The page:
I would like to address this comment:
I am not sure I understand. I think I agree with you that people act from desires and influence others to implement those desires. To me this describes the situation as it is and does not imply a moral "should" or "ought".
Could you explain what elements of moral "ought" might be missing from this description.
It is commonly understood that description and prescription are mutually exclusive categories. I disagree with this.
Ultimately, I hold that it is a very strange view that seems to assume that the universe is made up of two different types of things that can somehow interact with each other - things that can be described and not prescribed, and things that can be prescribed but not described.
Ultimately, I hold that "prescriptions" are a subset of "descriptions". All squares are rectangles, but not all rectangles are squares. All prescriptions are descriptions, but not all descriptions are prescriptions.
So, what does a prescription describe?
It describes a relationship between some possible state of affairs and desires.
There are two types of ought - practical ought and moral ought.
If Agent has a desire that P, and action X can improve the possibility of P, then A ought to do X (unless A has more and stronger reasons - desire that Q - that are incompatible with P).
For moral ought, I propose that is a description of the case in which people generally have many and strong reasons act (desires) so as to apply rewards (such as praise) and punishments (such as condemnation) in order to promote or inhibit particular desires or aversions.
My question would then be - what aspects of conventional "ought" as used in practice is not captured by this claim?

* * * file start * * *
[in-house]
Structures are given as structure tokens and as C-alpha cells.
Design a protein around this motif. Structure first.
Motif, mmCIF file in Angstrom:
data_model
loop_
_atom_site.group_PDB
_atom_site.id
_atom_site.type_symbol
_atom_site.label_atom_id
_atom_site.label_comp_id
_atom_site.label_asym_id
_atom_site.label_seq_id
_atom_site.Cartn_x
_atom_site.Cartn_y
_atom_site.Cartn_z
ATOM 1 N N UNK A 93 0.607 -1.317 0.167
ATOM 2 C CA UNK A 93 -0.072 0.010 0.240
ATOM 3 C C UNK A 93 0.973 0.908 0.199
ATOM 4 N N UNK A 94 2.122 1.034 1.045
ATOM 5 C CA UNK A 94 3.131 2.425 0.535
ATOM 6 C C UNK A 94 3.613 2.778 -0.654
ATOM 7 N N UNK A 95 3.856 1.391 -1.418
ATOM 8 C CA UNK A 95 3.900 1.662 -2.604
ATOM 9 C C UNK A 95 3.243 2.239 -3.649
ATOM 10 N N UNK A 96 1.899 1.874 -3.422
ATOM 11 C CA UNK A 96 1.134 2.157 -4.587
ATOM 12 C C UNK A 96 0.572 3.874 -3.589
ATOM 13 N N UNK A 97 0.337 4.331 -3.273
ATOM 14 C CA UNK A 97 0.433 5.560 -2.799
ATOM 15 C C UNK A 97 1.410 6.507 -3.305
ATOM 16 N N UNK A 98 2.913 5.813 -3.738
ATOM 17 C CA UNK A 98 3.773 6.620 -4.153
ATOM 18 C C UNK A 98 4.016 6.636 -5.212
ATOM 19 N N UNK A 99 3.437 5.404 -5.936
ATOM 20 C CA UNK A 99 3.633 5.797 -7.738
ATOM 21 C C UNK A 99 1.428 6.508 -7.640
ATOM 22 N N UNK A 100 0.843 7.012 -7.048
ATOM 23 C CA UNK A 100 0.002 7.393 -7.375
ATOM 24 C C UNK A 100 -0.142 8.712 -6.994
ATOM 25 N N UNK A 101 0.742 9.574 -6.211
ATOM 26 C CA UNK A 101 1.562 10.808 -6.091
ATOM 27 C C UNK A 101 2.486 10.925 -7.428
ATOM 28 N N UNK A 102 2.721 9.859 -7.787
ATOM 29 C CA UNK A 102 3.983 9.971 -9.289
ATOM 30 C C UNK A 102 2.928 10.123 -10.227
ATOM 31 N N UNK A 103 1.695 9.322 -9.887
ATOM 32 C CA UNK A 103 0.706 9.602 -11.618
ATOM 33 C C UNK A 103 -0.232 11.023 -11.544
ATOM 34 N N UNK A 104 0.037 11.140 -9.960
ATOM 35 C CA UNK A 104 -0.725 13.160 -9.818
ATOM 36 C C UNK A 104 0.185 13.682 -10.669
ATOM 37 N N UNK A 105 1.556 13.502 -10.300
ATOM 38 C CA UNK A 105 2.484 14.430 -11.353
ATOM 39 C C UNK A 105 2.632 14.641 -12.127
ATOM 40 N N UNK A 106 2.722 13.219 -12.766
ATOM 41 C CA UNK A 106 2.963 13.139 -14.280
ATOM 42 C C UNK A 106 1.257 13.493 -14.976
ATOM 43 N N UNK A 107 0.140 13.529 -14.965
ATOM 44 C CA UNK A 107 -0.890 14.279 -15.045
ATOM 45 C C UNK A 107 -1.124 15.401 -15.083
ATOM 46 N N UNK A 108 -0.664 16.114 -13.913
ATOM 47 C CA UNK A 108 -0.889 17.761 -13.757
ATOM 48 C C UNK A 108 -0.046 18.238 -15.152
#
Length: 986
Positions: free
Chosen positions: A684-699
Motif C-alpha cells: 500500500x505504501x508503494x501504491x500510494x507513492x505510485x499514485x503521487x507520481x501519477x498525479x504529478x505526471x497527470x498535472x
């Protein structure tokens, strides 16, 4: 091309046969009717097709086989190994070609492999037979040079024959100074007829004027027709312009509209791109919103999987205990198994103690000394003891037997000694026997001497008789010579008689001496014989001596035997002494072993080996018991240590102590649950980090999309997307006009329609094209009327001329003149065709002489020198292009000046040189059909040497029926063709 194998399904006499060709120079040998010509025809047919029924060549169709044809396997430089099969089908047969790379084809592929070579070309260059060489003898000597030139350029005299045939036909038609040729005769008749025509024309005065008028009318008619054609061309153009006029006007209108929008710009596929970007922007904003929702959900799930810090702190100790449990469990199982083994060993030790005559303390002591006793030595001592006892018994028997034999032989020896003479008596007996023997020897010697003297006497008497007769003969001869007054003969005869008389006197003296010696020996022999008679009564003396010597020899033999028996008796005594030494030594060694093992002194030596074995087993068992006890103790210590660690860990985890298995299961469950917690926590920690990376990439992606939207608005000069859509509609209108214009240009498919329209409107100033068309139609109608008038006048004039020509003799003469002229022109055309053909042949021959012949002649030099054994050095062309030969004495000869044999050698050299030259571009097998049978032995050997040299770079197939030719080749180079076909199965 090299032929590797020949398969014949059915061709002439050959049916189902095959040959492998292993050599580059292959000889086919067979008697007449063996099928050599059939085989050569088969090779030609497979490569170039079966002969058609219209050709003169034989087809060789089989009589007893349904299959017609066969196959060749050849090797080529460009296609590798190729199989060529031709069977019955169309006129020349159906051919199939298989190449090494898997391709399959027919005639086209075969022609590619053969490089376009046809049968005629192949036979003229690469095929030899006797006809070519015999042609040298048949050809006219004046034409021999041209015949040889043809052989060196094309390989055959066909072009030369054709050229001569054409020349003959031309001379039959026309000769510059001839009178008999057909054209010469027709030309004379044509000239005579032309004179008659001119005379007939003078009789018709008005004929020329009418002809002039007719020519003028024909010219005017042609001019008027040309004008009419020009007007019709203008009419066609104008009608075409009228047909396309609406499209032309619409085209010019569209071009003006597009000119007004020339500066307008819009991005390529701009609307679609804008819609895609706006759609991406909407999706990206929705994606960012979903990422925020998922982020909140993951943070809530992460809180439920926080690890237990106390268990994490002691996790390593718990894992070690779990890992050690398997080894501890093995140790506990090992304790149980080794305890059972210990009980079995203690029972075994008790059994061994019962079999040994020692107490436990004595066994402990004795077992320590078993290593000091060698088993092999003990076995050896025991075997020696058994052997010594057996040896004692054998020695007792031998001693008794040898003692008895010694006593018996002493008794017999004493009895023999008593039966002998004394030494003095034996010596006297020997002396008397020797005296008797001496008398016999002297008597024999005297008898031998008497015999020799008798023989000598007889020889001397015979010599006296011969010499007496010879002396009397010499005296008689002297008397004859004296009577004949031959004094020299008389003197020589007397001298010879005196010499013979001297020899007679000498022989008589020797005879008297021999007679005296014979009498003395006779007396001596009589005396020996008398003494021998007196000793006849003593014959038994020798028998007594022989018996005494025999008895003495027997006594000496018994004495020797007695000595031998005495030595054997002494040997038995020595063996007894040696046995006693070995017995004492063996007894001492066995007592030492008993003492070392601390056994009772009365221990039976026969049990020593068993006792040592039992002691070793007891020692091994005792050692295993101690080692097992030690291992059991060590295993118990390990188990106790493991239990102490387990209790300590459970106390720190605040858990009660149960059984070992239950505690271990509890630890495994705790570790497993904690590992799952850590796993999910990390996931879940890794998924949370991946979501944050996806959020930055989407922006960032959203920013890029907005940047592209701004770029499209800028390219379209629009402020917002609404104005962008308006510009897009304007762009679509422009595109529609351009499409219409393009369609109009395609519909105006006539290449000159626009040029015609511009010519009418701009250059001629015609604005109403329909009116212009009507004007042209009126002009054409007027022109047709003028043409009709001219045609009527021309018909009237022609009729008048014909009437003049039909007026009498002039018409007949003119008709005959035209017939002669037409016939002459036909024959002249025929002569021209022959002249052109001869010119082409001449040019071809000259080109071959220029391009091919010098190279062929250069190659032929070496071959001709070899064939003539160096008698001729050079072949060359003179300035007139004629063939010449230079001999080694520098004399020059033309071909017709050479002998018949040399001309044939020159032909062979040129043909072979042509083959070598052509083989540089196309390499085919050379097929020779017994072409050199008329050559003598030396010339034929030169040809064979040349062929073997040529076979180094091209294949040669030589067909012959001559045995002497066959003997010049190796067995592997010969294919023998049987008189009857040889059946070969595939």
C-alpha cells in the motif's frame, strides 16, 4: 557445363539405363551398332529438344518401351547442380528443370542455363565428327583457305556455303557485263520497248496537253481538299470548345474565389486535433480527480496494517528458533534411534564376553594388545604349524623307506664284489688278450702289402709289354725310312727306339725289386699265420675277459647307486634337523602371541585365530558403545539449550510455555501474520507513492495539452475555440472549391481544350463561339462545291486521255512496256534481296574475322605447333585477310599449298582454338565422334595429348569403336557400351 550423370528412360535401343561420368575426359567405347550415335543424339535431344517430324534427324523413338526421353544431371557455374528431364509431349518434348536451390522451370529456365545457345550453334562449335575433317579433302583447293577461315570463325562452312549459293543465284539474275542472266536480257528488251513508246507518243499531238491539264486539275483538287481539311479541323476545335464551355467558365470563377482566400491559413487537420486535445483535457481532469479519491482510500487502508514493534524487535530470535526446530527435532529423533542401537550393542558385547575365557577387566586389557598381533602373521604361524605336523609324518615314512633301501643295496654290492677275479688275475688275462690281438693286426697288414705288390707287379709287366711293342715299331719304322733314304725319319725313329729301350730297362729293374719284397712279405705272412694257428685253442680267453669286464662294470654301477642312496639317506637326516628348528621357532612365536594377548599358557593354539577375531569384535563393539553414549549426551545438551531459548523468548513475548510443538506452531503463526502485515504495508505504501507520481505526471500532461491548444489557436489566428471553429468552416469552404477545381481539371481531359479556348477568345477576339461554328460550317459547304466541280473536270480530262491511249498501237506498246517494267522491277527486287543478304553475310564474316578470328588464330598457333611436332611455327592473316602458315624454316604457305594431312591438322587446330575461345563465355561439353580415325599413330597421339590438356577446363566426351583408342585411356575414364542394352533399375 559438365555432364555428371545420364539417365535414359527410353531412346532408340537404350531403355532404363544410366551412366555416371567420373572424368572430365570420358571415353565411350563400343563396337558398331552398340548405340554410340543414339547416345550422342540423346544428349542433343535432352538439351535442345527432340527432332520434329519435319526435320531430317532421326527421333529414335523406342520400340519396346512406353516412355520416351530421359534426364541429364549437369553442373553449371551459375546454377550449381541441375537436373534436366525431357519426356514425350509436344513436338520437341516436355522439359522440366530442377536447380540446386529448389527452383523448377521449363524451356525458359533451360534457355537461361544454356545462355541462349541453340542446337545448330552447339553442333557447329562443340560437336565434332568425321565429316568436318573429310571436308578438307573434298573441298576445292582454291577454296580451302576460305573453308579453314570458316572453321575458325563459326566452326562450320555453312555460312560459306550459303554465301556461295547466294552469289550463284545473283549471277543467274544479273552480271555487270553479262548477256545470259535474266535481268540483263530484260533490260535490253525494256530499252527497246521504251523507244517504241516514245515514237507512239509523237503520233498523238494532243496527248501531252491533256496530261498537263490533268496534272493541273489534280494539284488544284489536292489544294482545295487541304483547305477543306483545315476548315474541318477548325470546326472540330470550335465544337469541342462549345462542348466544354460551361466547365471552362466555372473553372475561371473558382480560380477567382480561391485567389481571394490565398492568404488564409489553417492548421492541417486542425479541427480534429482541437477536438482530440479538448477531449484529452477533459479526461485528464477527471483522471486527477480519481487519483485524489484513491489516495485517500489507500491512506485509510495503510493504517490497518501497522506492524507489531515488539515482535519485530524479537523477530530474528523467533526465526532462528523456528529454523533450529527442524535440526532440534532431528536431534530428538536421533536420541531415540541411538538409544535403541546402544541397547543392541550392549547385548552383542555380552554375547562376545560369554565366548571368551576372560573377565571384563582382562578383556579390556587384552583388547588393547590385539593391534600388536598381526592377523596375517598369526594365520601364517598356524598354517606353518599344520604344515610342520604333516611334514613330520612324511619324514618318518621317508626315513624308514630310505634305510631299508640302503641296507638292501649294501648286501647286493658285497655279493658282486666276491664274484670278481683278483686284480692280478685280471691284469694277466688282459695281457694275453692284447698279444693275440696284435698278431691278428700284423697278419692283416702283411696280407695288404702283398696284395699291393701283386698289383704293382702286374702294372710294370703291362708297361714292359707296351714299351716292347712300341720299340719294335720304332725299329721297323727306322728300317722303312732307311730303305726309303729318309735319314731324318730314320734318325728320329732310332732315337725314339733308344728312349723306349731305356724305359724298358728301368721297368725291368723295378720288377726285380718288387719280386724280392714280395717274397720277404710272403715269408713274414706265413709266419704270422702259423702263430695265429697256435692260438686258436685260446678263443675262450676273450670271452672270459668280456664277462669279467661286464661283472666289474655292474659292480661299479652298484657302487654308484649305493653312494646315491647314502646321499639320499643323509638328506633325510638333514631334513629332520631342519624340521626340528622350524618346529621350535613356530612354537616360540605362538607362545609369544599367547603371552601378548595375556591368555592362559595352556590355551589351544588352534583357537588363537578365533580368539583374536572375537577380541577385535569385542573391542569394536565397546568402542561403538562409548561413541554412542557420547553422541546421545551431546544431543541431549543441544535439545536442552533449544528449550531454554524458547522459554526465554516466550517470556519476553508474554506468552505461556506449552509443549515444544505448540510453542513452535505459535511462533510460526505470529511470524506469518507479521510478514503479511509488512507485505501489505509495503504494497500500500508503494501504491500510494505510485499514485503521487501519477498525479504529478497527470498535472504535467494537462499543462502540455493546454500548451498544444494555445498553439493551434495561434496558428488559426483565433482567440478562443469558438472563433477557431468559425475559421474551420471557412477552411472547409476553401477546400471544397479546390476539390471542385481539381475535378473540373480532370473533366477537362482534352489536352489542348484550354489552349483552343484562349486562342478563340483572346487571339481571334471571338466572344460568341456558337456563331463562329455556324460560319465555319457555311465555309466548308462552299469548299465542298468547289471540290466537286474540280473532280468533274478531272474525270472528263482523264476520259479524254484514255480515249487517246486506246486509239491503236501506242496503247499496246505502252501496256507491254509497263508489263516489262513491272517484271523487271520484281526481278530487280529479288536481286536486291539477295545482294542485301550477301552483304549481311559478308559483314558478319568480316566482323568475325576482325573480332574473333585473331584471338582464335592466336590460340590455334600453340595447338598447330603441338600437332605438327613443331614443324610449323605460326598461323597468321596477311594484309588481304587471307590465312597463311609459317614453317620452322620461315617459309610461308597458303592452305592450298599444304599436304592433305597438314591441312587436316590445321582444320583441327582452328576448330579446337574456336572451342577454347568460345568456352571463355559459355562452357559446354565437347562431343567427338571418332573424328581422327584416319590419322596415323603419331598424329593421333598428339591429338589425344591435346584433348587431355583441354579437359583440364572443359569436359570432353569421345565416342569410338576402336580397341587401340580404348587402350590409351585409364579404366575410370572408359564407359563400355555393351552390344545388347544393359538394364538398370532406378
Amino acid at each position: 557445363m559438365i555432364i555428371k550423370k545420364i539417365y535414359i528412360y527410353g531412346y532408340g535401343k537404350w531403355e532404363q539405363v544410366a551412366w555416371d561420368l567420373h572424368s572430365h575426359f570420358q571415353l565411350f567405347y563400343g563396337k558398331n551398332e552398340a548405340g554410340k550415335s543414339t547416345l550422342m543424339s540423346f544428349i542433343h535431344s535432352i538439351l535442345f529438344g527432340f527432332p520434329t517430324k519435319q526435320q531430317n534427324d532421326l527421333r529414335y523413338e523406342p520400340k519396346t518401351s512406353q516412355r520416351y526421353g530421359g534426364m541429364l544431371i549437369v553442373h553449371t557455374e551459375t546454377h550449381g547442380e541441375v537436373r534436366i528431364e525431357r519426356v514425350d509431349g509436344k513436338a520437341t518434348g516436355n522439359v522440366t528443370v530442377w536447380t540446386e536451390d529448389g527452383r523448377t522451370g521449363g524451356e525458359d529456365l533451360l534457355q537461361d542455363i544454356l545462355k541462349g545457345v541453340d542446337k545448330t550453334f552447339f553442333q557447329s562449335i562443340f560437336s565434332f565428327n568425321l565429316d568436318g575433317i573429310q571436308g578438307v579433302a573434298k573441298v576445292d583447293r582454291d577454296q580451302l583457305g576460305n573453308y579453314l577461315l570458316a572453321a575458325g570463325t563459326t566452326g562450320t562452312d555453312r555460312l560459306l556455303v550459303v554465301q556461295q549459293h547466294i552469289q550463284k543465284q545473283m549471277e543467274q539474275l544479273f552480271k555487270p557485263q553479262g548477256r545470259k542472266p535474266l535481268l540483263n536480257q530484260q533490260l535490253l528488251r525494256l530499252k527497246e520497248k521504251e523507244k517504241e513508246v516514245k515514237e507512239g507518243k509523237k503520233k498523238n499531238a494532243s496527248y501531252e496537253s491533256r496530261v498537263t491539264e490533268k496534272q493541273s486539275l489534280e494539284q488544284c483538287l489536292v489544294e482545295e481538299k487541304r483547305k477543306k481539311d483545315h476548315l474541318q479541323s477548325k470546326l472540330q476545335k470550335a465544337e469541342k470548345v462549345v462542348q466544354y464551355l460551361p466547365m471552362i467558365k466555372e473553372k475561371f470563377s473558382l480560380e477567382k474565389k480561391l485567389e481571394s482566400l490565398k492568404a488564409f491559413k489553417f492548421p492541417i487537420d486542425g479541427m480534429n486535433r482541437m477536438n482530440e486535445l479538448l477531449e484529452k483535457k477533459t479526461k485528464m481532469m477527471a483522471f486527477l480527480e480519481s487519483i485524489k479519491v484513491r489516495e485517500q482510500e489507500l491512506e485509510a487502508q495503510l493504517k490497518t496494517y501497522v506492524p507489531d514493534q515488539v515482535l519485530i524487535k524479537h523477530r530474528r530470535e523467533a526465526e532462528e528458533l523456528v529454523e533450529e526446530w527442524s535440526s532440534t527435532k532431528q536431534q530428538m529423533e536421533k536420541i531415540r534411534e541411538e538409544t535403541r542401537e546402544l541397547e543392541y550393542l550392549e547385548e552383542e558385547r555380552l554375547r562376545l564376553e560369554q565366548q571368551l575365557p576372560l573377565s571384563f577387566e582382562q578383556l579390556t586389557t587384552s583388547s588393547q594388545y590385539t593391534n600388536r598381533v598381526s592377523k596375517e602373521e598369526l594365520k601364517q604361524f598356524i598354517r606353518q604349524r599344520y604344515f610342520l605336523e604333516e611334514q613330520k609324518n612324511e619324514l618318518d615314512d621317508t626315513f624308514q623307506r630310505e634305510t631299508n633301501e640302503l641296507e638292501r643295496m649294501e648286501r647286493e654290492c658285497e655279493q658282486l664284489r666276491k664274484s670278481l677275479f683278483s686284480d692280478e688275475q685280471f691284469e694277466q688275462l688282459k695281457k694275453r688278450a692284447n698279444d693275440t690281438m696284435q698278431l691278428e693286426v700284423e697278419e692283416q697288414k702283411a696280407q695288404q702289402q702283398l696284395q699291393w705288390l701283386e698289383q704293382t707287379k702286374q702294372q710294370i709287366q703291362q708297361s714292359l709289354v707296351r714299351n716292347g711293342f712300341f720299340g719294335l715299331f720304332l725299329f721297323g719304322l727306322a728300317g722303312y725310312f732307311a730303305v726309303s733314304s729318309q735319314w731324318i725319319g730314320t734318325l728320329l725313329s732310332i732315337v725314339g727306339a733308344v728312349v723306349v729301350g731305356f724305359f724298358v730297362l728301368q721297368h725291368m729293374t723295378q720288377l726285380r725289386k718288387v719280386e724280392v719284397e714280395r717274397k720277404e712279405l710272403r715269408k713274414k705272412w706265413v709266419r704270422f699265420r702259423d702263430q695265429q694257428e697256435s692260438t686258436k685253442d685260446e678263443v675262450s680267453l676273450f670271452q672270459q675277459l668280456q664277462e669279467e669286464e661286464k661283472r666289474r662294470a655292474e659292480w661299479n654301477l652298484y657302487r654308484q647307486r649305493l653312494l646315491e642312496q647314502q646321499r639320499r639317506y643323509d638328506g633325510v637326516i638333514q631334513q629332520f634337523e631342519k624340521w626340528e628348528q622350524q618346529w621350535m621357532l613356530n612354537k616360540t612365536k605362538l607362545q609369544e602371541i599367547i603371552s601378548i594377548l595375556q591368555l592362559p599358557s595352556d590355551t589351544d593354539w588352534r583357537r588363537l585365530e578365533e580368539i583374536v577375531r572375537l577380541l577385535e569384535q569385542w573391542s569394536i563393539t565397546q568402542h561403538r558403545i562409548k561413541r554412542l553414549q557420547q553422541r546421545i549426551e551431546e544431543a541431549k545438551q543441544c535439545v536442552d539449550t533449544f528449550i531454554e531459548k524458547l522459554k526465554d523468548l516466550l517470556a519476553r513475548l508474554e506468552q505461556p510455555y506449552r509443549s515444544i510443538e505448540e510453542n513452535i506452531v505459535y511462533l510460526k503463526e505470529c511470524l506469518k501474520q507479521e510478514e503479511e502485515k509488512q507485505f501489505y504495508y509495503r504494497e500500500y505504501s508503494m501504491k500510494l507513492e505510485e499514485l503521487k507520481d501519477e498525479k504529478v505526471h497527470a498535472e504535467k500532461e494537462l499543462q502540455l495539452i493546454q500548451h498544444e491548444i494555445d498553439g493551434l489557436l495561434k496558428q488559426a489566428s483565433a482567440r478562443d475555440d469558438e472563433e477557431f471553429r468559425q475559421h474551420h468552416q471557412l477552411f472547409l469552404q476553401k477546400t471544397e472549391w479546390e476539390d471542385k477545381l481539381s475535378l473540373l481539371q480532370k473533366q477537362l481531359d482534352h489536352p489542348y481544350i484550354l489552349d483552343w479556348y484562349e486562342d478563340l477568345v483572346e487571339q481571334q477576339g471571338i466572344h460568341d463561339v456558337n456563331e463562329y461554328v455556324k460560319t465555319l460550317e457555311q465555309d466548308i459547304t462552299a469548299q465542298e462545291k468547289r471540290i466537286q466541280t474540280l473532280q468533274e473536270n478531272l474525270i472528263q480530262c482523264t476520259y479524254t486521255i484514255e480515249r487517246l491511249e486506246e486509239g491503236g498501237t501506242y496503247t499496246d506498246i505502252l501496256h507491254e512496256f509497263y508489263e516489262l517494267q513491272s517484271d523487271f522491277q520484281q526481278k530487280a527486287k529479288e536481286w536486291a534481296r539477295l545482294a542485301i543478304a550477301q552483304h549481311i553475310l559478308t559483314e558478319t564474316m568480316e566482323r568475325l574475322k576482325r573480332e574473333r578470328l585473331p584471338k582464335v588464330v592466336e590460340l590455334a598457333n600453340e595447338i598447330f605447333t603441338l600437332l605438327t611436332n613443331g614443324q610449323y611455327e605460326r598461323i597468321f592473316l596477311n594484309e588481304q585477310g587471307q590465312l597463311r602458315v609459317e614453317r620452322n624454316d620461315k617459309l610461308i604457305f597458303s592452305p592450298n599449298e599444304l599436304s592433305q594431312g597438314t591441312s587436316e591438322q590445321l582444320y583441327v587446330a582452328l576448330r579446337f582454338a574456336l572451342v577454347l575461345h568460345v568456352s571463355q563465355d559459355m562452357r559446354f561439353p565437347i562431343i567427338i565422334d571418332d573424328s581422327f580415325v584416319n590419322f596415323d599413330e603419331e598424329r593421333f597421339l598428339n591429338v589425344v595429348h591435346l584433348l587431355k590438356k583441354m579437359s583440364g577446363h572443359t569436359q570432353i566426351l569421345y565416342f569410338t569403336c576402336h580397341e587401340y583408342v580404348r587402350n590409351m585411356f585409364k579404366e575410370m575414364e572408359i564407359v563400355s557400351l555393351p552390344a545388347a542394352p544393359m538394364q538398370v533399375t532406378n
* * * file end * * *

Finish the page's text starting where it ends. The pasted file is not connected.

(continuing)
"It's wrong to lie."
People generally have many and strong reasons to apply rewards (such as praise) and punishments (such as condemnation) so as to promote an aversion to lying.
What is there that is found in the actual use of moral "ought" and "should" that is missing from this account?
Ultimately . . . let's say you don't want to use moral "ought" in this case. You want to insist that moral "ought" requires some kind of categorical imperative or a command from God.
I answer . . . Fine. Then moral "ought" does not exist. We quit using "ought" statements in all real-world decision making. Desires that people generally have many and strong reasons to promote or inhibit using rewards and condemnation still exist.
Or, let's say that you want to apply moral "ought" to . . . day, the greatest good for the greatest number.
Again, are you limiting yourself to that which is objectively true of "the greatest good for the greatest number?" If you are, then I am going to agree with everything you say. But, if you are assigning qualities to "the greatest good for the greatest number" (e.g., that it has some sort of intrinsic prescriptivity or that people are always justified in condemning those who do not promote the greatest good for the greatest number), then I am going to accuse you of making things up.
When I apply moral "ought" to "that which people generally have many and strong reasons to apply rewards (such as praise) and punishments (such as condemnation) so to promote those desires that would motivate such an action," am I saying anything about this subject that is not objectively true?
If I am, then I would also be guilty of making stuff up. So, I try to avoid that. But if that is your accusation, I need you to specify, exactly, what I am saying about these desires that people have many and strong reasons to promote that is not true. What is it, exactly, that I am making up or leaving out?